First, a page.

WORCESTER, MA – Watching last week’s thrilling Holy Cross/Fordham game as someone who’s watched a lot of Lehigh football in my life, it was hard to not get flashbacks.
The thrilling 53-52 win by Holy Cross (8-0, 4-0) over Fordham (6-2, 2-1) was unquestionably the game of the year in the Patriot League, if not the entire FCS. Holy Cross head coach Bob Chesney proved conclusively, with his 2 point try to win or lose the game in the first overtime, that he is a coaching savant with a pair of brass balls, somewhere, on his desk in Worcester.
These types of games, though, used to involve Lehigh (1-7, 1-2).
There was a time when Lehigh, every preseason, was expected to contend for the Patriot League Championship. No more.
There was a time when the Mountain Hawks played in these shootouts for Patriot League titles, like 2016, where Lehigh out-duelled Fordham 58-37 on their way to a title season, No more.
Even before the FCS Playoffs weren’t in the picture, early in the history of Murray Goodman Stadium, shootouts and titles were the stuff of legends, as folks in Worcester and Bethlehem still talk about Holy Cross’ epic 43-42 win over Lehigh in front of a near-sellout crowd.
No more – at least on the Lehigh side.
Watching the raucous Holy Cross crowd, it was impossible not to think that within my memory, certainly, Lehigh had crowds like this watching the Mountain Hawks play games like this – games where championships are made, where the stakes about as high as they get during the regular season at this level.
I think a lot about that 43-42 game in 1991, one of the best games I ever attended in person. Both teams were nationally-ranked, and what most people don’t remember is that the game was tied at 7 at halftime. Both teams exchanged leads seemingly every possession in the second half, with Lehigh executing a now-illegal “fumblerooski” play to take a temporary lead and just missing a two-point conversion pass in the final minute that would have had our student section storm the field. (I can point to the exact location where I was sitting in the stadium when I watched the game – right next to where the Marching 97 plays.)
Back then, Murray Goodman was one of the hottest tickets in town. With the caveat that college football wasn’t on TV, mostly, taking in a Lehigh game was seen as a fun use of one’s time in Bethlehem, even if you weren’t tied to Lehigh in any other way. It helped that Lehigh was a program that had had national success – a Division II National Championship in 1977 – and an offense that was very entertaining.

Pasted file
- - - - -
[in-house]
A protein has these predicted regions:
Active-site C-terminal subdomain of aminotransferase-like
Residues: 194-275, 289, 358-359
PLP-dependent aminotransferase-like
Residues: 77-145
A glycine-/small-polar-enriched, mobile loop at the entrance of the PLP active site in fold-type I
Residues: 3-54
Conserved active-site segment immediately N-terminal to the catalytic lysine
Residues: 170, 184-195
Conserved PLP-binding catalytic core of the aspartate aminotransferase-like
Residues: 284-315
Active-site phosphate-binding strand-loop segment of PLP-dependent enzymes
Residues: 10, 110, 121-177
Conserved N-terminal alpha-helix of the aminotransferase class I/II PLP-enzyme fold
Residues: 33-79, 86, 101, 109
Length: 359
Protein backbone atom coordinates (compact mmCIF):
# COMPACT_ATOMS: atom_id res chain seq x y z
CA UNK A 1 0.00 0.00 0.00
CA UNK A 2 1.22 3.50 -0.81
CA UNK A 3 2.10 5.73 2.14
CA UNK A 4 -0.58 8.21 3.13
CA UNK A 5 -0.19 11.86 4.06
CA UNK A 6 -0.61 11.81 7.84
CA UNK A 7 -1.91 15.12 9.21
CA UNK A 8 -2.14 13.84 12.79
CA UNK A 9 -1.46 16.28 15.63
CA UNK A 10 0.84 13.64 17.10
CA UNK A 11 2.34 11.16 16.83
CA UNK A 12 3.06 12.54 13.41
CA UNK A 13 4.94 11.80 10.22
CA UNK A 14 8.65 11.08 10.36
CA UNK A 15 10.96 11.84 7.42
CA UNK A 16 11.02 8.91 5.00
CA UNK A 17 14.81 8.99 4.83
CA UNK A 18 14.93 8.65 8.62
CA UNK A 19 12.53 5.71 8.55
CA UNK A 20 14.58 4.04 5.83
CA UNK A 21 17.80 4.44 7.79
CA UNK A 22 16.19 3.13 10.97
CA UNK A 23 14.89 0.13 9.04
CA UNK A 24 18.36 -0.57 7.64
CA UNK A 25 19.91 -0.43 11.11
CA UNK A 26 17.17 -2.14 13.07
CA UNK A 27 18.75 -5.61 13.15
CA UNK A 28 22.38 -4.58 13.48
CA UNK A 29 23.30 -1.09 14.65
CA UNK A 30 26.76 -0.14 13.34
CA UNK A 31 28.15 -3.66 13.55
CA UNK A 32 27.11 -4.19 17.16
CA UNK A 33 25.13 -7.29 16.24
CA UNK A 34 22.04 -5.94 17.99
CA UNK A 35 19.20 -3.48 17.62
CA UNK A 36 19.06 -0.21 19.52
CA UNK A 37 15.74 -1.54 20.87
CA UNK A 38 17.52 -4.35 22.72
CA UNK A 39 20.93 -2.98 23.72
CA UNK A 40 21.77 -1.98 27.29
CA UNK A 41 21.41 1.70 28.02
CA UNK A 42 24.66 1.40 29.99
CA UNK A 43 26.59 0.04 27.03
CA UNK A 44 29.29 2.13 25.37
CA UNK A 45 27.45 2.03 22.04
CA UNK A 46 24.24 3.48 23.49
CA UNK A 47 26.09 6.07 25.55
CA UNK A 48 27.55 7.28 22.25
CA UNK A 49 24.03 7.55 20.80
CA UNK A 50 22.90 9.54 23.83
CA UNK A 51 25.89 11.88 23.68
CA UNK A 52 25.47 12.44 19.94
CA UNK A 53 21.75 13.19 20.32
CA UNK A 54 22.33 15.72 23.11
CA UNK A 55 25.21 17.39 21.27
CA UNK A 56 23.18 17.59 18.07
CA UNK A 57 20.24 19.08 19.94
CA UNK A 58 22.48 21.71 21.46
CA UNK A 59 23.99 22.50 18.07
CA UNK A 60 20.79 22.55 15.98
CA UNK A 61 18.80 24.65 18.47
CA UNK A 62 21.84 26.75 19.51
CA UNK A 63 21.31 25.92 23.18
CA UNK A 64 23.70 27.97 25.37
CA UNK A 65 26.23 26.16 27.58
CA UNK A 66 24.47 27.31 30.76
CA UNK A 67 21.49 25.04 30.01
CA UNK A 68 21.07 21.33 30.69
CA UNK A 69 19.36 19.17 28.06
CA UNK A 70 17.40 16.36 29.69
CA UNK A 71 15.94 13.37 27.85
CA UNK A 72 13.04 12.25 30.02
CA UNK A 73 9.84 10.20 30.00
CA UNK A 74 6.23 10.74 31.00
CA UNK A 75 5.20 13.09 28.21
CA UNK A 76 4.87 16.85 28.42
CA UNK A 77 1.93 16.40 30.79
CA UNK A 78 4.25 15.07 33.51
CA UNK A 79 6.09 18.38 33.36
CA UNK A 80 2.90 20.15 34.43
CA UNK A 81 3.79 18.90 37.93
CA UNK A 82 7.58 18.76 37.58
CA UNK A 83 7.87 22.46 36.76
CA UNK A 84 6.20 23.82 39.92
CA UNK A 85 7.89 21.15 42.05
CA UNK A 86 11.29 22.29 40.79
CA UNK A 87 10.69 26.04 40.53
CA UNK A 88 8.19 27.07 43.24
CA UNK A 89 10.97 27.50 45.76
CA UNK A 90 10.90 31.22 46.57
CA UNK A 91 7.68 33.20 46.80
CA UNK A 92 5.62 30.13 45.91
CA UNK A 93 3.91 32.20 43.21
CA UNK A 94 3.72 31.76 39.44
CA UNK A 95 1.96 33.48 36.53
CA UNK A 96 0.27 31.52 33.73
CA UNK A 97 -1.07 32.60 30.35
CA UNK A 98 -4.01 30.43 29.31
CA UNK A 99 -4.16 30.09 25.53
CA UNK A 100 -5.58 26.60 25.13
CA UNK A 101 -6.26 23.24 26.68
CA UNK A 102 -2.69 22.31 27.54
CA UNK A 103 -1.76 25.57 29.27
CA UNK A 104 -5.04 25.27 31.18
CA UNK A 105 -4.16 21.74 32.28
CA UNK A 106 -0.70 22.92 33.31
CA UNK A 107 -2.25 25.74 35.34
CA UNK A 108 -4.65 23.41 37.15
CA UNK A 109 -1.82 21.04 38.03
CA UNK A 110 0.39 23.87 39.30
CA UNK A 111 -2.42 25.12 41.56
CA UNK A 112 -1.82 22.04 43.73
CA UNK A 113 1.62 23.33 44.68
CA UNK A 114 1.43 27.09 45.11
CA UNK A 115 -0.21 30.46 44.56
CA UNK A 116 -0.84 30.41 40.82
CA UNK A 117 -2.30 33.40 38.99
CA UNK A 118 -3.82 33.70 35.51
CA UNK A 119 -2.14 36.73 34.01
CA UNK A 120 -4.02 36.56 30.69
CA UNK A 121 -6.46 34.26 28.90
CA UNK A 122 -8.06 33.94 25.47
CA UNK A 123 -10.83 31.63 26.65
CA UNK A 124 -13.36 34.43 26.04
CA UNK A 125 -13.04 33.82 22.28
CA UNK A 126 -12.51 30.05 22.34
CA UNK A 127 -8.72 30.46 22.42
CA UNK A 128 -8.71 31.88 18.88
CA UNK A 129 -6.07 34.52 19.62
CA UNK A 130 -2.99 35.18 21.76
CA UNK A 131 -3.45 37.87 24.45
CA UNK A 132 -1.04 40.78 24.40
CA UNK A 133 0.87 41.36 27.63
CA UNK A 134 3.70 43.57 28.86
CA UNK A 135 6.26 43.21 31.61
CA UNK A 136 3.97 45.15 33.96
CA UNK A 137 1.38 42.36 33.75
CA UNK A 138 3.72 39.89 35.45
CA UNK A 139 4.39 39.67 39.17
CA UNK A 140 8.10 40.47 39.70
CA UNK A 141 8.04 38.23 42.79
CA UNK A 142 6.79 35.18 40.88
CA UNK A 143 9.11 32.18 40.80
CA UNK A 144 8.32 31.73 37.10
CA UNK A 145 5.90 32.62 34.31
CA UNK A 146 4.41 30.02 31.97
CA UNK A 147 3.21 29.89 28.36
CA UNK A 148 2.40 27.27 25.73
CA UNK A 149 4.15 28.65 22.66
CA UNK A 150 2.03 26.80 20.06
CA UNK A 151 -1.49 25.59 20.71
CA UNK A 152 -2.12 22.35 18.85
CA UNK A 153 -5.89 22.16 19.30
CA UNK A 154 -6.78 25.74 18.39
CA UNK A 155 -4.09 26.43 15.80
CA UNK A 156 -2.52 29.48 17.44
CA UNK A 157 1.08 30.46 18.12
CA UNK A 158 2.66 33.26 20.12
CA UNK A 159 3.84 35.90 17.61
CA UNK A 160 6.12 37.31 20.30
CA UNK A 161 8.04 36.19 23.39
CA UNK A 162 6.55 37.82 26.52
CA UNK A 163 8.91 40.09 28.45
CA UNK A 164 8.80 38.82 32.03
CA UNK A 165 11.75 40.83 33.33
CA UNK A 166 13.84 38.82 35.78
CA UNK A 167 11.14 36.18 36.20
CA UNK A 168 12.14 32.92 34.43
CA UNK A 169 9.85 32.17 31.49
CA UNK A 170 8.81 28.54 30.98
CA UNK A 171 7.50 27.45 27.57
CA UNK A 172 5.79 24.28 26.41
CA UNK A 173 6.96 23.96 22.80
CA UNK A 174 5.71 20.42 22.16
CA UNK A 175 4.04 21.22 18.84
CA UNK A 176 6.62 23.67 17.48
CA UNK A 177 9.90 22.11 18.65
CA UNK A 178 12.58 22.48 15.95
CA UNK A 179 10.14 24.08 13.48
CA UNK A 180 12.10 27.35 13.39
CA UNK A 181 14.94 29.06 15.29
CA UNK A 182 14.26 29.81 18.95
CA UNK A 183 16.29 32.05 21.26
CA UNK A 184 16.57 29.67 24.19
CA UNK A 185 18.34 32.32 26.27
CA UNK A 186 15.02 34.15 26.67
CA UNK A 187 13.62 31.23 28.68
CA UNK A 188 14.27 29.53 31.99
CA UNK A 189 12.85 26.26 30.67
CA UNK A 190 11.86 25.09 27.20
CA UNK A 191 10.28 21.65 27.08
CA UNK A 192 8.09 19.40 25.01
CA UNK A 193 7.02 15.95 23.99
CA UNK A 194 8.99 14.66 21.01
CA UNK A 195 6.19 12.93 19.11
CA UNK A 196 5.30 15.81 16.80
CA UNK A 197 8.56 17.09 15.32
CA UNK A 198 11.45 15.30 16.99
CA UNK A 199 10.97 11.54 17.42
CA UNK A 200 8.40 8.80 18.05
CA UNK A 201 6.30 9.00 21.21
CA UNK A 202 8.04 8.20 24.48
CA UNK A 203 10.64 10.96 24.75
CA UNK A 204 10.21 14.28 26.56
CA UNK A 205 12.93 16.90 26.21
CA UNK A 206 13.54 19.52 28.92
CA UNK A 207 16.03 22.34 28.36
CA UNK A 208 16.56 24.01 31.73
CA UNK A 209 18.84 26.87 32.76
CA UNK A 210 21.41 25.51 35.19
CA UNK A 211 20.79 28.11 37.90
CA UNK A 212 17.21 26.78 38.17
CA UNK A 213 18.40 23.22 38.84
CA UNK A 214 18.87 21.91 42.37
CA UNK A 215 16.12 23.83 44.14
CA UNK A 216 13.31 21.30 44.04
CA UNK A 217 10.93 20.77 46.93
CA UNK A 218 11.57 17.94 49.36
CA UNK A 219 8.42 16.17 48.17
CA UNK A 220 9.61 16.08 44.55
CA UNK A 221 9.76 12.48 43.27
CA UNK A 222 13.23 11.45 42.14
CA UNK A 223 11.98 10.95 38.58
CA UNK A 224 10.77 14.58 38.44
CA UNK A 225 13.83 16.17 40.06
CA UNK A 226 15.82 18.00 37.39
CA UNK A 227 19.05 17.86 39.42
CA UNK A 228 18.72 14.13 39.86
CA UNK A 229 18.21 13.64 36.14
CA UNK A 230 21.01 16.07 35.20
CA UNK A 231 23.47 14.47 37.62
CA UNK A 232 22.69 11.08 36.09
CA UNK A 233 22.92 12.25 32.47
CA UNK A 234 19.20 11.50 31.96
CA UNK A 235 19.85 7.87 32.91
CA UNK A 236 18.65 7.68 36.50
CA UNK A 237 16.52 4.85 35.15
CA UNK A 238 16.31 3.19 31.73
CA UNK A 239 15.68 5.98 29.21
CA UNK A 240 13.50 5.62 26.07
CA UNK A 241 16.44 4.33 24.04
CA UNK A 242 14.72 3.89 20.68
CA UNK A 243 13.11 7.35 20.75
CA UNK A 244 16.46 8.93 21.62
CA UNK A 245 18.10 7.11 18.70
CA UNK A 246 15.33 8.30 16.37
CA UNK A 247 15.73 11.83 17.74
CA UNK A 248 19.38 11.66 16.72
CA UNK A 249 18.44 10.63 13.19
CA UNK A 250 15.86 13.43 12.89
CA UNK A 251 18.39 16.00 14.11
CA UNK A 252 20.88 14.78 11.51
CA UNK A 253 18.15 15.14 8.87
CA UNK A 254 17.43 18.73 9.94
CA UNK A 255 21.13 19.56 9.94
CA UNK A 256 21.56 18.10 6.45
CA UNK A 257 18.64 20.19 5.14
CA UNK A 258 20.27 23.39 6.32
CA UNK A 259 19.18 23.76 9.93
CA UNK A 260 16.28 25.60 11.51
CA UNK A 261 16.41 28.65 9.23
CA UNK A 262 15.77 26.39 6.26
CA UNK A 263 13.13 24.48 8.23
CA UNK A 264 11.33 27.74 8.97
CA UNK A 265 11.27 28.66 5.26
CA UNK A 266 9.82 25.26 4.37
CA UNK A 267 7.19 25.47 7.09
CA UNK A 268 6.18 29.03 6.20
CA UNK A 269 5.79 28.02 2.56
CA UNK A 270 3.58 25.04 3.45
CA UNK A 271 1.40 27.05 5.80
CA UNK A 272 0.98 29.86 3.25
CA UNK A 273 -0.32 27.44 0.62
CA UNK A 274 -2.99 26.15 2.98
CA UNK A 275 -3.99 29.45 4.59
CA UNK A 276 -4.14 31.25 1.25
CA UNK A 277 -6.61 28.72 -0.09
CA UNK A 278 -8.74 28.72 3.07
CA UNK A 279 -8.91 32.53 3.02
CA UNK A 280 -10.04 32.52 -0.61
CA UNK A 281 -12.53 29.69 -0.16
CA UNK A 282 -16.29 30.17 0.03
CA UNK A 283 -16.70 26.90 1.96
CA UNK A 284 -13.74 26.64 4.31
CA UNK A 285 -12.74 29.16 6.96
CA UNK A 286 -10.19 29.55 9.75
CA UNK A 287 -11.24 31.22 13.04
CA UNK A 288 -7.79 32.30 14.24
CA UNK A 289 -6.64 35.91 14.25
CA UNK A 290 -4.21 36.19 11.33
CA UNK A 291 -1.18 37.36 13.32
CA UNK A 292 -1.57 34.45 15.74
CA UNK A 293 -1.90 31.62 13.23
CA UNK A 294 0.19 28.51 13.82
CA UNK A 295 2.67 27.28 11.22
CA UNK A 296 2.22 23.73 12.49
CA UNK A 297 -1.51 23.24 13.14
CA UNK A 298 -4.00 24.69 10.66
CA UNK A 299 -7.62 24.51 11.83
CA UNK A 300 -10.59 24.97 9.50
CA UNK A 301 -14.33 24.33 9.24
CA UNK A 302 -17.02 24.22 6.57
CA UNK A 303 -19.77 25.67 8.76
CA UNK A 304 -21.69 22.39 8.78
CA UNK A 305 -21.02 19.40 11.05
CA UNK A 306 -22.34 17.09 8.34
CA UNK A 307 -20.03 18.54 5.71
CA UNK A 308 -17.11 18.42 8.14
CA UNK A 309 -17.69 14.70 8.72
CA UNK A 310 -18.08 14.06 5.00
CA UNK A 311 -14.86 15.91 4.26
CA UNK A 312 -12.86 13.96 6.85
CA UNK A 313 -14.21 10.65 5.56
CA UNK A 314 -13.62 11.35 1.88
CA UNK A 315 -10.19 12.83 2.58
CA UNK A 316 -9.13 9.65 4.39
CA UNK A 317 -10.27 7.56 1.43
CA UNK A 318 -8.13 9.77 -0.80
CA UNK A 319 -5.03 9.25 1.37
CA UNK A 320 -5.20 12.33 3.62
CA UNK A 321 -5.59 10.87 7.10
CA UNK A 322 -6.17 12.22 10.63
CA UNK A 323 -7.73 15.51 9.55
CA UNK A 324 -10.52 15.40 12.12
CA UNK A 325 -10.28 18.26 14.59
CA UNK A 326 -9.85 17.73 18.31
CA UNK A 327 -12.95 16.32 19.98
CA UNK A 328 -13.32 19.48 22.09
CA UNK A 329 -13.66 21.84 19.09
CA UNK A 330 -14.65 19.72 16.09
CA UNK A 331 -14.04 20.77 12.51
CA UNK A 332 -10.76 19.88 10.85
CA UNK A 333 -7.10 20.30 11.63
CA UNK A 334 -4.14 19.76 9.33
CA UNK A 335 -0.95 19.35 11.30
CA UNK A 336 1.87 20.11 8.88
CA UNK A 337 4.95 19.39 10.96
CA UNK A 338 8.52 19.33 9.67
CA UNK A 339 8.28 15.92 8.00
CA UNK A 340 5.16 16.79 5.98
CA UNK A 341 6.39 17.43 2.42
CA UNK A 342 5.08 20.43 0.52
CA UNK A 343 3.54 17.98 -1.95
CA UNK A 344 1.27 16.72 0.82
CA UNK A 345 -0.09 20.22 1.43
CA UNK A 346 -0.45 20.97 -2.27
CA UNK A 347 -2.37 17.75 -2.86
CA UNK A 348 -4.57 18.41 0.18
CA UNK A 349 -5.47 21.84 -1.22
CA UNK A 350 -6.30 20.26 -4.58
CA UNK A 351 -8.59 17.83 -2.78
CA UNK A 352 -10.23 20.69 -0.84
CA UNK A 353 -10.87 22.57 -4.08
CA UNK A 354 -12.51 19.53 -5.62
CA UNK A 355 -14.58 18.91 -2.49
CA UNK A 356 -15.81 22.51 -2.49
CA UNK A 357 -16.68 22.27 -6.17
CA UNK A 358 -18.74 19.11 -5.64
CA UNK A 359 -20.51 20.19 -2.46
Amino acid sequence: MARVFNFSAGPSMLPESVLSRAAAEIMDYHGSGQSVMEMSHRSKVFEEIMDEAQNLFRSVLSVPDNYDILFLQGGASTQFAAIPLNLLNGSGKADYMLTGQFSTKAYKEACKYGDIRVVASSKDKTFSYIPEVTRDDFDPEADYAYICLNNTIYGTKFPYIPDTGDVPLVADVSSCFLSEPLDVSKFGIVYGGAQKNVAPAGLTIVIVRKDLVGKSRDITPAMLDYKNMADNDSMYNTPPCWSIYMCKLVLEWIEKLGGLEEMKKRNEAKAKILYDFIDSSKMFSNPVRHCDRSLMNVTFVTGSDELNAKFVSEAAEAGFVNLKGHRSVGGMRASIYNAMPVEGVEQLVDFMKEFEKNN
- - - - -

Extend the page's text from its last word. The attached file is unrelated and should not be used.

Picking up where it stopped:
There were more fans at Holy Cross this weekend – 17,592 of them, to be precise – than there were at this matchup at Murray Goodman stadium, which approached, but did not exceed, the 16,000 capacity at the time.
And the highlights of the game – which you can see below – are worth it.
If you’re my age, you end up asking yourself questions like: What happened? Why isn’t Lehigh rocking like Fitton Field was last week?
Sure, some of it has been the fact that Holy Cross, who has won the last three Patriot League titles and has won FCS Playoff games, has been successful – the best way to get fannies in the seats is to have a great football team that wins football games. But that’s clearly not the only thing going on in Worcester. Holy Cross has put in the time, and the effort, to get the entire Worcester community to go to the games, and it shows.
But for Lehigh, the story has to be: Not on my watch. The season hasn’t gone the way they, or any Lehigh football fan, has hoped. But this team can do one thing, one precise thing, to start the build towards having Lehigh be a near-sellout destination for football, and that’s to shock the world on Saturday.
Nobody gives Lehigh football a chance this weekend. Everyone expects a coronation – for Holy Cross to show up, have a practice, win by more than three touchdowns, and collect their Patriot League Championship trophy.
The Patriot League commissioner, Jen Heppel, is going to be in Worcester this weekend, ready to crown their asses – to hand Bob Chesney the championship trophy, in a carefully staged ceremony that they’ve probably been working on all week.
Lehigh can stop this process. They can win this game – and force the trophy to come back to the Lehigh Valley, where it sat this week, in the Patriot League offices. They can throw a monkey wrench in Holy Cross’ plans to have their asses crowned, Bob Chesney’s final Patriot League trophy before Auburn, or some other FBS team, comes calling.
In doing so, they can change the course of the program. They can stop this slow descent where they’ve seen the season go, change the course and change the culture. A game like this – one of the most unlikely wins in FCS this season, if it happens – would be transformative.
Only Lehigh can prevent a coronation this weekend. That’s what’s at stake for the Mountain Hawks this week.
Chuck has been writing about Lehigh football since the dawn of the internet, or perhaps it only seems like it. He’s executive editor of the College Sports Journal and has also written a book, The Rivalry: How Two Schools Started the Most Played College Football Series.
Reach him at: this email or click below: